Knots

Next: Maps Up: Geometry and the Imagination Previous: Polyhedra

# Knots

A mathematical knot is a knotted loop. For example, you might take an extension cord from a drawer and plug one end into the other: this makes a mathematical knot.

It might or might not be possible to unknot it without unplugging the cord. A knot which can be unknotted is called an unknot.

Two knots are considered equivalent if it is possible to rearrange one to the form of the other, without cutting the loop and without allowing it to pass through itself. The reason for using loops of string in the mathematical definition is that knots in a length of string can always be undone by pulling the ends through, so any two lengths of string are equivalent in this sense.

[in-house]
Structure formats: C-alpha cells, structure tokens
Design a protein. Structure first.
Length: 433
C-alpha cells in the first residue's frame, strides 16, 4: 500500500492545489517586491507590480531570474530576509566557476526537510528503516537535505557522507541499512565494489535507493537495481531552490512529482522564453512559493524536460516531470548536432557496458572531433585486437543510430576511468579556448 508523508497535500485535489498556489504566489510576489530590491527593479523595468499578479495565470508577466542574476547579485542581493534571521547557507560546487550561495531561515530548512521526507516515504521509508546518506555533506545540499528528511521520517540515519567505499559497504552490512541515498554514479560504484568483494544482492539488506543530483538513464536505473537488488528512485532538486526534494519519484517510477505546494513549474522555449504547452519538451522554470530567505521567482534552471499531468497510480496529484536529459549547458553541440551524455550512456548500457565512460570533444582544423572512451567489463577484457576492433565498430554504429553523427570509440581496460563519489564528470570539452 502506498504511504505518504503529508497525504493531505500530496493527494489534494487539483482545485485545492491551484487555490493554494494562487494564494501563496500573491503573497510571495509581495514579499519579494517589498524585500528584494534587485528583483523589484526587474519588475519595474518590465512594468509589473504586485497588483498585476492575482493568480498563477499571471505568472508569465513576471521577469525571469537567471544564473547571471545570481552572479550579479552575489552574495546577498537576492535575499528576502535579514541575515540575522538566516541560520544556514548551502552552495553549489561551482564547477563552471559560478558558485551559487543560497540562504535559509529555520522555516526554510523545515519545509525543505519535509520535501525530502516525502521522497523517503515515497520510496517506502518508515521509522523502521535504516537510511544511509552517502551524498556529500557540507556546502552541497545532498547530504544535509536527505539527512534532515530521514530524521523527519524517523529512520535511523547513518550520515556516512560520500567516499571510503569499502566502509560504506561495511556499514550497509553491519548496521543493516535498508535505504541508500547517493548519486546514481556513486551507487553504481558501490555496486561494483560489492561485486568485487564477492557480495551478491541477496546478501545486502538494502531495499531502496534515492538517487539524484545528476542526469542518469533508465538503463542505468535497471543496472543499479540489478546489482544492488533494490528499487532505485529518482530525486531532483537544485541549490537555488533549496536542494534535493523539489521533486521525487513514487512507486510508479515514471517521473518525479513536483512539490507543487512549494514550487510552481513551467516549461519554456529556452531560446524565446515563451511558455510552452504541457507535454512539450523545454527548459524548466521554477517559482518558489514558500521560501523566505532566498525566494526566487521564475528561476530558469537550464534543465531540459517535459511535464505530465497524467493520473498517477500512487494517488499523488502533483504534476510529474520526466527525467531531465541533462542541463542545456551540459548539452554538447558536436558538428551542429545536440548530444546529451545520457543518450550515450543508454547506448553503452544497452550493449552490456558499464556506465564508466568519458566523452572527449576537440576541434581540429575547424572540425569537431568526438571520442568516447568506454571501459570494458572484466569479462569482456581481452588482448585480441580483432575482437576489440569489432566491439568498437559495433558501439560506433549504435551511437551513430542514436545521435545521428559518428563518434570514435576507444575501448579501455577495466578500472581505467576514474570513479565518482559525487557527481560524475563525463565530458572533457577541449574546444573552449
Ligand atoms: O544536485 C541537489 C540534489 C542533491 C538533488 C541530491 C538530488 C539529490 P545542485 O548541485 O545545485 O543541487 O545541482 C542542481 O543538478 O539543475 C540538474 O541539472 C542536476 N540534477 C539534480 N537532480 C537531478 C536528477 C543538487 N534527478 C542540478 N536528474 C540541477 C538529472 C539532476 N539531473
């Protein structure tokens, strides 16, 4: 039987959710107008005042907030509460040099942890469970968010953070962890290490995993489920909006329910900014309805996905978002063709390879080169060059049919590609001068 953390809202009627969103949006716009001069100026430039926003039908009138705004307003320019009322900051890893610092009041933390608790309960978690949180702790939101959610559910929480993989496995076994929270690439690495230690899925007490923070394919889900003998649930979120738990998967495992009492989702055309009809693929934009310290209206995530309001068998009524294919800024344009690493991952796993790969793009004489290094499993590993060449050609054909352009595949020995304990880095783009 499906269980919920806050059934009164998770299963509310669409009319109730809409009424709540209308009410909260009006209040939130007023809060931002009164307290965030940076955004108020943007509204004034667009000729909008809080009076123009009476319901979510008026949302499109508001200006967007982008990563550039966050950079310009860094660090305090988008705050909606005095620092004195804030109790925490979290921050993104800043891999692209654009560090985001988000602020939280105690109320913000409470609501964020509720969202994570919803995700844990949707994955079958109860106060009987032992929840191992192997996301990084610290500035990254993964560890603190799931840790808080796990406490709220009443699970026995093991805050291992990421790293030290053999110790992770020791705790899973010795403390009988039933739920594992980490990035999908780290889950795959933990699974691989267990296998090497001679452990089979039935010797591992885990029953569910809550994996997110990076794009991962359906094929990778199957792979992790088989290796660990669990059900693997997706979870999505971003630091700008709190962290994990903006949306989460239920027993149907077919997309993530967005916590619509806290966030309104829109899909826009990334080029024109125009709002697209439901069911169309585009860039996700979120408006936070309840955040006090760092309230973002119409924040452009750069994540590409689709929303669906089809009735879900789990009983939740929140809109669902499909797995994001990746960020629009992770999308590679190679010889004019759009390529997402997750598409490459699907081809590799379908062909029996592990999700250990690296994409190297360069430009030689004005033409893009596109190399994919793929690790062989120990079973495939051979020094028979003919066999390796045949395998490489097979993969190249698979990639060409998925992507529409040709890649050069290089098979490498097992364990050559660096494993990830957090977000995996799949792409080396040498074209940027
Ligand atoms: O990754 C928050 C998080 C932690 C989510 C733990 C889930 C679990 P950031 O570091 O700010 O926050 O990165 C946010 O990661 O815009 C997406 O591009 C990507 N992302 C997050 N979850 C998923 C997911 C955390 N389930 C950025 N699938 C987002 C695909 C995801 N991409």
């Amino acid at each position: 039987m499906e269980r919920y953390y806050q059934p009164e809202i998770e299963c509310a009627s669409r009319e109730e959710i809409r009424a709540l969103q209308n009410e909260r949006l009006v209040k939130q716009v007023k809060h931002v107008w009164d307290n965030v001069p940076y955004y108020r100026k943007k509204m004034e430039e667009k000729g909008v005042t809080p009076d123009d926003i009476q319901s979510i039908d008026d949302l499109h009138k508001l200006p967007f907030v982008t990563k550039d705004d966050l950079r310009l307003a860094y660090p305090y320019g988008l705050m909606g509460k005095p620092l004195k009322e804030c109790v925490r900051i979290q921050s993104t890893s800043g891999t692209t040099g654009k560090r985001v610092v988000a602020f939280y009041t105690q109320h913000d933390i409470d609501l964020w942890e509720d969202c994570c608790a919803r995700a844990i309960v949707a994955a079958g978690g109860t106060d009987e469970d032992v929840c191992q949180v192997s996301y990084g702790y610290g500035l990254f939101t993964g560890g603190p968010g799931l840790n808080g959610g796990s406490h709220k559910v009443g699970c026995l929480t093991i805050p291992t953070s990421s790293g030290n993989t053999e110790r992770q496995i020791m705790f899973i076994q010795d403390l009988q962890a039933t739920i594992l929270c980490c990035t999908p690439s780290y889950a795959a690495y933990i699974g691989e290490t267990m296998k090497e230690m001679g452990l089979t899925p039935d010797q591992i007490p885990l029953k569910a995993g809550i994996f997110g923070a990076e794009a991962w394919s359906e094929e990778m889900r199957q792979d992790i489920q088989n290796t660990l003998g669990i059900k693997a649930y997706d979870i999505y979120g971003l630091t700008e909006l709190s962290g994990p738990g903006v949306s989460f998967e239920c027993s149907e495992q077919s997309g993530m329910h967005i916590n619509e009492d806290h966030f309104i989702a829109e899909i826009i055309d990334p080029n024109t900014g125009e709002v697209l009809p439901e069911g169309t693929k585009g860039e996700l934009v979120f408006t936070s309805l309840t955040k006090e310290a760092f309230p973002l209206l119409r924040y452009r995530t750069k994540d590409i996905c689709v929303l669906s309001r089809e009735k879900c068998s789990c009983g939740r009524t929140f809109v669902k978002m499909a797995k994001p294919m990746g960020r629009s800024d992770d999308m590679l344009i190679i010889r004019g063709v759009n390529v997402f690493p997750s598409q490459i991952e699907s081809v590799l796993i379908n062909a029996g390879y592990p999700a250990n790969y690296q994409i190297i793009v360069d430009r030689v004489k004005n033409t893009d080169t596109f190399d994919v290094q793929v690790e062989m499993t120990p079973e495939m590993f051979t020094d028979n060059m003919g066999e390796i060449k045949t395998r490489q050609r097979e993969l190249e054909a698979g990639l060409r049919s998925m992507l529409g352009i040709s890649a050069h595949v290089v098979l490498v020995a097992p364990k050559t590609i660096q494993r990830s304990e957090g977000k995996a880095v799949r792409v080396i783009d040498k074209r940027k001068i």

If you drop a knotted loop of string on a table, it crosses over itself in a certain number of places. Possibly, there are ways to rearrange it with fewer crossings-the minimum possible number of crossings is the crossing number of the knot.

Figure 1: This is drawing of a knot has 7 crossings. Is it possible to rearrange it to have fewer crossings?

## Discussion

Make drawings and use short lengths of string to investigate simple knots:

1. Are there any knots with one or two crossings? Why?
2. How many inequivalent knots are there with three crossings?
3. How many knots are there with four crossings?
4. How many knots can you find with five crossings?
5. How many knots can you find with six crossings?

Next: Maps Up: Geometry and the Imagination Previous: Polyhedra

Peter Doyle